# Quadratic Equations

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• Jan 11th 2010, 08:50 PM
jarman007
Quadratic Equations
Standard form of quadratic equations is ax^2+bx+c=0

if a=1 , b and c are integers and the roots are rational numbers

then prove that roots must be integers?
• Jan 12th 2010, 12:46 AM
tonio
Quote:

Originally Posted by jarman007
Standard form of quadratic equations is ax^2+bx+c=0

if a=1 , b and c are integers and the roots are rational numbers

then prove that roots must be integers?

Suppose $\frac{r}{s}$ is a root of $x^2+bx+c=0$ , and that $(r,s)=1$ (this means: the fraction $\frac{r}{s}$ is reduced) , then

$\frac{r^2}{s^2}+b\frac{r}{s}+c=0\Longrightarrow r^2+brs+cs^2=0$ (multiplication by common denominator). As $s|(brs+cs^2)$ then also $s|r^2\Longleftrightarrow s|r$ , which is possible (by the reduced fraction assumption) iff $s=\pm 1$ ... end now the argument

Tonio
• Jan 12th 2010, 01:34 AM
crossbone
Tonio,
what does "|" symbol mean?
• Jan 12th 2010, 01:46 AM
tonio
Quote:

Originally Posted by crossbone
Tonio,
what does "|" symbol mean?

"|" = divide : $a|b\Longrightarrow \exists c\in\mathbb{Z}\,\,\,s.t.\,\,\,b=ac$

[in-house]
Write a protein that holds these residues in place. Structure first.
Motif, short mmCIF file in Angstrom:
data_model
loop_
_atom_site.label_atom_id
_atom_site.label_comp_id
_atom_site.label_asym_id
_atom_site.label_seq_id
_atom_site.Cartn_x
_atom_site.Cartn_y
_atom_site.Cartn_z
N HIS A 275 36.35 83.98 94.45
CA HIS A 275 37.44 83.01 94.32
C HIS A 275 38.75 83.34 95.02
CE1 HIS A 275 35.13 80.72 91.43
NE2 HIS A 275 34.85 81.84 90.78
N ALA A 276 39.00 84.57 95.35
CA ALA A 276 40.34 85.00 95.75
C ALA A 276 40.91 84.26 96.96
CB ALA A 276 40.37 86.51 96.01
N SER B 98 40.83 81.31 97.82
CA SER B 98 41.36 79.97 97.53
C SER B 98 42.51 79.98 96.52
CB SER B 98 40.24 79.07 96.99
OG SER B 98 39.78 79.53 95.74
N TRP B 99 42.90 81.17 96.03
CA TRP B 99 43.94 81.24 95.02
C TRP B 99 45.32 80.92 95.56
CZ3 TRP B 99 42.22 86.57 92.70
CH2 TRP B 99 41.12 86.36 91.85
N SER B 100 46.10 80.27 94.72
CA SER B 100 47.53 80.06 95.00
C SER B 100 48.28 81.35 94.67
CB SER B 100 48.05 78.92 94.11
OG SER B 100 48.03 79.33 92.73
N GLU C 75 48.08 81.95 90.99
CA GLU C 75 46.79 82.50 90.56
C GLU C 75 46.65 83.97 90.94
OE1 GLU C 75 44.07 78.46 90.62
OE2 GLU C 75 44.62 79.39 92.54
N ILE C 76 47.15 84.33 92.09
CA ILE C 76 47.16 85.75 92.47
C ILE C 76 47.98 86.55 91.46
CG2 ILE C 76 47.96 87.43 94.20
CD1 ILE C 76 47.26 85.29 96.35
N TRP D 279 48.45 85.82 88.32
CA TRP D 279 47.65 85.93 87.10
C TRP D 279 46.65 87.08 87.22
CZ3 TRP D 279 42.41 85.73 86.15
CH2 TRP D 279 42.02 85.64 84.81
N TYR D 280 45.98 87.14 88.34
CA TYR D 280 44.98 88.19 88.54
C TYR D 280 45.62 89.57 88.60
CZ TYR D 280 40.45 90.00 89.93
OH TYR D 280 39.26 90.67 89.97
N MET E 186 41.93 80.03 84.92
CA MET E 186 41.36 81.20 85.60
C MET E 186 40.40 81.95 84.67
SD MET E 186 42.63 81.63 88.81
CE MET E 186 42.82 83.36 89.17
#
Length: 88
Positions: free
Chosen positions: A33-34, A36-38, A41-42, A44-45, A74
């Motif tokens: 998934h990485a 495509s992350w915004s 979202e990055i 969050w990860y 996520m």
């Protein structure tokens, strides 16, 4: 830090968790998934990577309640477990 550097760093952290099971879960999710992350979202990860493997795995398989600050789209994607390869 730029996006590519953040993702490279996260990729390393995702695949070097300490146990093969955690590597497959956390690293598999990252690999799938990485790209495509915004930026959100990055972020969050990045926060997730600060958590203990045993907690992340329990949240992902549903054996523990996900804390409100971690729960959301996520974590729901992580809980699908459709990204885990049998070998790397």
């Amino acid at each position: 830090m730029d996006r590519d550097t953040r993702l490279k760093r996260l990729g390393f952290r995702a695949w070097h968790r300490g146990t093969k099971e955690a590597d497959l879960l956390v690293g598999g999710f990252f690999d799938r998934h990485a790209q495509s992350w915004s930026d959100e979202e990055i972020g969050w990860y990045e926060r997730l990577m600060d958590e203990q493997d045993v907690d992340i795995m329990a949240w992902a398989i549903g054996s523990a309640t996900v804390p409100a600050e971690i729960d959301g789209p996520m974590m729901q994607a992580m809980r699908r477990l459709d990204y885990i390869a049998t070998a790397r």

Tonio
• Jan 12th 2010, 02:12 AM
crossbone
how you get http://www.mathhelpforum.com/math-he...85bf90ab-1.gif from the equation? i'm just trying to follow your thought process and argument.
• Jan 12th 2010, 03:45 AM
tonio
Quote:

Originally Posted by crossbone
how you get http://www.mathhelpforum.com/math-he...85bf90ab-1.gif from the equation? i'm just trying to follow your thought process and argument.

$brs+cs^2=s(br+cs)$ ,and everything's integer here, of course.

Tonio
• Jan 12th 2010, 03:55 AM
HallsofIvy
A slightly different proof. Let $\frac{m}{n}$ and $\frac{p}{q}$ be the rational roots (m, n, p, and q integer, of course), reduced to lowest terms. Then we must have $\left(x- \frac{m}{n}\right)\left(x- \frac{p}{q}\right)= 0$. Multiplying that out, $x^2- \left(\frac{m}{n}- \frac{p}{q}\right)x+ \frac{mp}{nq}$ $= x^2- \frac{mq- np}{nq}x+ \frac{mp}{nq}= x^2+ bx+ c= 0$.

Since b and c are integers, we must have nq= 1. Since n and q are integers, we must have $n= \pm 1$ and $q= \pm 1$. Then the roots $\frac{m}{n}$ and $\frac{p}{q}$ are integer.
• Jan 12th 2010, 04:03 AM
Moo
Hi,
Quote:

Originally Posted by HallsofIvy
A slightly different proof. Let $\frac{m}{n}$ and $\frac{p}{q}$ be the rational roots (m, n, p, and q integer, of course), reduced to lowest terms. Then we must have $\left(x- \frac{m}{n}\right)\left(x- \frac{p}{q}\right)= 0$. Multiplying that out, $x^2- \left(\frac{m}{n}- \frac{p}{q}\right)x+ \frac{mp}{nq}$ $= x^2- \frac{mq- np}{nq}x+ \frac{mp}{nq}= x^2+ bx+ c= 0$.